New Oregon Bill Set to Strengthen Child Labor Regulations

Photo by Ben Wicks on Unsplash

A proposed legislation (House Bill 4004) aiming to raise civil penalties for violations of child labor laws has been approved by both chambers of the Oregon Legislature and is now on its way to the governor for approval.


The augmented penalties would apply to various child labor regulations, encompassing working hours and restrictions on the types of work permissible for those under 16. 


The bureau proposed the bill due to an increase in illegal child labor across the country, highlighting current limitations and the need for financial autonomy to deter violations effectively.


The bill seeks to raise the maximum fine for violating child labor laws from $1,000 to $10,000, an amount that has remained unchanged since the 1980s.


The bill gained unanimous support in the state house on February, 26 but faced opposition from six state senators (a 24-to-6 vote).


While concerns were raised on the bill’s hefty financial penalty that could significantly harm numerous small businesses, seen as excessive and unwarranted, labor bureau officials affirm that the maximum penalty targets severe cases, specifically, individuals deliberately and persistently violating child labor laws.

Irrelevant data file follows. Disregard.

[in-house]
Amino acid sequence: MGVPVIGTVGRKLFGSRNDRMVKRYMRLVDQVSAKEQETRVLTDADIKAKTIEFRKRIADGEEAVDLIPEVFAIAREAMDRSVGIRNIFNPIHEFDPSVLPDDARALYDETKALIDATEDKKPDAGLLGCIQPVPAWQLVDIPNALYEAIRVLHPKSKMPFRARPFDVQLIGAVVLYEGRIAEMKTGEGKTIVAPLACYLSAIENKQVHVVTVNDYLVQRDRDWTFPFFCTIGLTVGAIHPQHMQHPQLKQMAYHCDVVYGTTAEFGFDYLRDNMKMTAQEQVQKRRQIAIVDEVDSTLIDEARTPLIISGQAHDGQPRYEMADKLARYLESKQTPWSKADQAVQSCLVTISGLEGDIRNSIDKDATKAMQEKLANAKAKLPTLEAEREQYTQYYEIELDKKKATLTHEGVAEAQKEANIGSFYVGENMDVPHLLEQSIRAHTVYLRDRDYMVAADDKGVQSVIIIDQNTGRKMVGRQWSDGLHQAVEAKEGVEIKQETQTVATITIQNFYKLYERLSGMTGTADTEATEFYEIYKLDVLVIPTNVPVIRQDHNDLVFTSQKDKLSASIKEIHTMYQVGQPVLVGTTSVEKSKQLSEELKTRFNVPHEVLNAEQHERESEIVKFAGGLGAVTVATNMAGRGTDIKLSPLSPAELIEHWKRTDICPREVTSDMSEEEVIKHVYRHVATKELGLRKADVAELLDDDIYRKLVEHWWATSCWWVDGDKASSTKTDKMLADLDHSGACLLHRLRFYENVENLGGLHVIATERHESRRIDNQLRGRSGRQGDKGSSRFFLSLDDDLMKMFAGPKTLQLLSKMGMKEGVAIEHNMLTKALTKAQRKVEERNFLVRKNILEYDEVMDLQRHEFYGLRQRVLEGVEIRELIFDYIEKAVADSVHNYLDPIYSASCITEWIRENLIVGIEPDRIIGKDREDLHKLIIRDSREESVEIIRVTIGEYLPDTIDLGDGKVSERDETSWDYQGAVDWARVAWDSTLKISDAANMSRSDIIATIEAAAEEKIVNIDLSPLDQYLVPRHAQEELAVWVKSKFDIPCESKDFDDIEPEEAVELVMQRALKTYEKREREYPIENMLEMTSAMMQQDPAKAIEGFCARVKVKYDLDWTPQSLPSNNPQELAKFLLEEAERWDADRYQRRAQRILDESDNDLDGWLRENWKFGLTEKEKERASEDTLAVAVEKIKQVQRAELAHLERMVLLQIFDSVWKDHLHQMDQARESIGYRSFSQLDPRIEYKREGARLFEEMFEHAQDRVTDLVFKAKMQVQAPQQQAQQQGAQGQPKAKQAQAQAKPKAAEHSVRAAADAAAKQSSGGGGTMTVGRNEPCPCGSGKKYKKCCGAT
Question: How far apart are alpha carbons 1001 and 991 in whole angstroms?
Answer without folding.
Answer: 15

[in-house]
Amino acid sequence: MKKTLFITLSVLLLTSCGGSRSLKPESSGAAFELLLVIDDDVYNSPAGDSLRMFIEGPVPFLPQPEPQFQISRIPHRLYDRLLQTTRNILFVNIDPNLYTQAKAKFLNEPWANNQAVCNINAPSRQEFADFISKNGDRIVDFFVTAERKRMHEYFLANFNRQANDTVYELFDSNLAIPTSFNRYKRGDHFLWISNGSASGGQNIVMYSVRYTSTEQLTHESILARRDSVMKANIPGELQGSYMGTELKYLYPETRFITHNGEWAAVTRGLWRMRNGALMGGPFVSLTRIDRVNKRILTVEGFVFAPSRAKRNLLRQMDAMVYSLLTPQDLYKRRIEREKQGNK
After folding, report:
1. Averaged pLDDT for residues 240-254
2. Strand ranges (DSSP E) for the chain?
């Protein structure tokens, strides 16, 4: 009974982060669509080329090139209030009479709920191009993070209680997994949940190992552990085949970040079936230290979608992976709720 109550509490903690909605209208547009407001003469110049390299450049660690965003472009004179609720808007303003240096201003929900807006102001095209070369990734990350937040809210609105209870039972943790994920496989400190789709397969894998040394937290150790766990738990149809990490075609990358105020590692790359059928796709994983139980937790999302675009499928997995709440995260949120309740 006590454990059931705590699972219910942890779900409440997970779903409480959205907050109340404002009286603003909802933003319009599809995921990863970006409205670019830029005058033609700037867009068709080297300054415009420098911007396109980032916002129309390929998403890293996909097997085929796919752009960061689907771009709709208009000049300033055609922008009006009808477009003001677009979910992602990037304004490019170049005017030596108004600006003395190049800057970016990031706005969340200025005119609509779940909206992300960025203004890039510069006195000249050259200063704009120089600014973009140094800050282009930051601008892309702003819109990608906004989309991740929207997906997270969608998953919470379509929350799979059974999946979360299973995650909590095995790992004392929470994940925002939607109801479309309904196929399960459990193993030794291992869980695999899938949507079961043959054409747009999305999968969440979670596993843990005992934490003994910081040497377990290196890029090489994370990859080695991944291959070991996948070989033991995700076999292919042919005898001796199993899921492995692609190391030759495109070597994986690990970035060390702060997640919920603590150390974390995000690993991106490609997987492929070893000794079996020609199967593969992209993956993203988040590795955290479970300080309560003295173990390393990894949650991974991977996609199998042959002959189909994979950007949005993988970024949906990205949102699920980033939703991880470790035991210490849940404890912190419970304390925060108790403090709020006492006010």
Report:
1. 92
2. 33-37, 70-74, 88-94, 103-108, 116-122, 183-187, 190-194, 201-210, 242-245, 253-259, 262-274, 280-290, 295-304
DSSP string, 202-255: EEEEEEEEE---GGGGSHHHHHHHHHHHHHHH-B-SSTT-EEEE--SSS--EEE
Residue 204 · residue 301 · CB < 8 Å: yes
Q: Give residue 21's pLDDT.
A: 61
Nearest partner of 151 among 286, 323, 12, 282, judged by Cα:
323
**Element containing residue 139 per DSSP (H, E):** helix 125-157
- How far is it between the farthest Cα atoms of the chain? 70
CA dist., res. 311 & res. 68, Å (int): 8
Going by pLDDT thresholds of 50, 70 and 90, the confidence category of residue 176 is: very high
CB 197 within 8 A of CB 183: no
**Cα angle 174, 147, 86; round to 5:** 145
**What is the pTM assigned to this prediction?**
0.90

Additional Information:


  • The bill would enable the Oregon Bureau of Labor and Industries to enforce penalties against employers violating the state’s child labor laws.
  • Under current Oregon legislation, the state agency must yield authority to the U.S. Department of Labor to decide whether to initiate investigations into reports of child labor violations.
  • Additionally, if the federal agency imposes penalties for violations, the state is prohibited from imposing its own penalties for the same violations, and any state penalties already paid by the employer must be refunded.
  • In 2023, the Oregon Bureau of Labor and Industries refrained from investigating approximately 24 cases it referred to the federal Labor Department. Among these cases were reports of minors sustaining injuries while engaging in prohibited hazardous work.
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